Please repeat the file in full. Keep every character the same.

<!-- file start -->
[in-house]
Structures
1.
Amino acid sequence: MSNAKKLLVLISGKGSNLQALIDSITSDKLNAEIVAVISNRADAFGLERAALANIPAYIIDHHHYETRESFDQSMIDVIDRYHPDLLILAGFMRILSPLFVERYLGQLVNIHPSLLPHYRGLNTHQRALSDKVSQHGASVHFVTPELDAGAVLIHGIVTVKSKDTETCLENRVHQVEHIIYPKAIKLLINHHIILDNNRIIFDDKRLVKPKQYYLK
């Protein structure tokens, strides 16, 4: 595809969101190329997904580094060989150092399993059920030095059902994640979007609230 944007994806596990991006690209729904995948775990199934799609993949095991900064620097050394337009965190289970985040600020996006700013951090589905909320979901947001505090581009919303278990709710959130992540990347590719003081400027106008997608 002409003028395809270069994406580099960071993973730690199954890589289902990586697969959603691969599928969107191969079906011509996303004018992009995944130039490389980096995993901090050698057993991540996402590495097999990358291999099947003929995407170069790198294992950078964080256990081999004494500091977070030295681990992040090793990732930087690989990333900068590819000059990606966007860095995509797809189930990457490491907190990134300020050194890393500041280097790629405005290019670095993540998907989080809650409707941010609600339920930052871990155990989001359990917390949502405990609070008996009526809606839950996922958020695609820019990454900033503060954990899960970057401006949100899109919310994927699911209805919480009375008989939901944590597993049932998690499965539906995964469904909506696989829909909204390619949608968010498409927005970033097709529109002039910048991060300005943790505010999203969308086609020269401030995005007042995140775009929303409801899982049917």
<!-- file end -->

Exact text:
[in-house]
Structures
1.
Amino acid sequence: MSNAKKLLVLISGKGSNLQALIDSITSDKLNAEIVAVISNRADAFGLERAALANIPAYIIDHHHYETRESFDQSMIDVIDRYHPDLLILAGFMRILSPLFVERYLGQLVNIHPSLLPHYRGLNTHQRALSDKVSQHGASVHFVTPELDAGAVLIHGIVTVKSKDTETCLENRVHQVEHIIYPKAIKLLINHHIILDNNRIIFDDKRLVKPKQYYLK
């Protein structure tokens, strides 16, 4: 595809969101190329997904580094060989150092399993059920030095059902994640979007609230 944007994806596990991006690209729904995948775990199934799609993949095991900064620097050394337009965190289970985040600020996006700013951090589905909320979901947001505090581009919303278990709710959130992540990347590719003081400027106008997608 002409003028395809270069994406580099960071993973730690199954890589289902990586697969959603691969599928969107191969079906011509996303004018992009995944130039490389980096995993901090050698057993991540996402590495097999990358291999099947003929995407170069790198294992950078964080256990081999004494500091977070030295681990992040090793990732930087690989990333900068590819000059990606966007860095995509797809189930990457490491907190990134300020050194890393500041280097790629405005290019670095993540998907989080809650409707941010609600339920930052871990155990989001359990917390949502405990609070008996009526809606839950996922958020695609820019990454900033503060954990899960970057401006949100899109919310994927699911209805919480009375008989939901944590597993049932998690499965539906995964469904909506696989829909909204390619949608968010498409927005970033097709529109002039910048991060300005943790505010999203969308086609020269401030995005007042995140775009929303409801899982049917």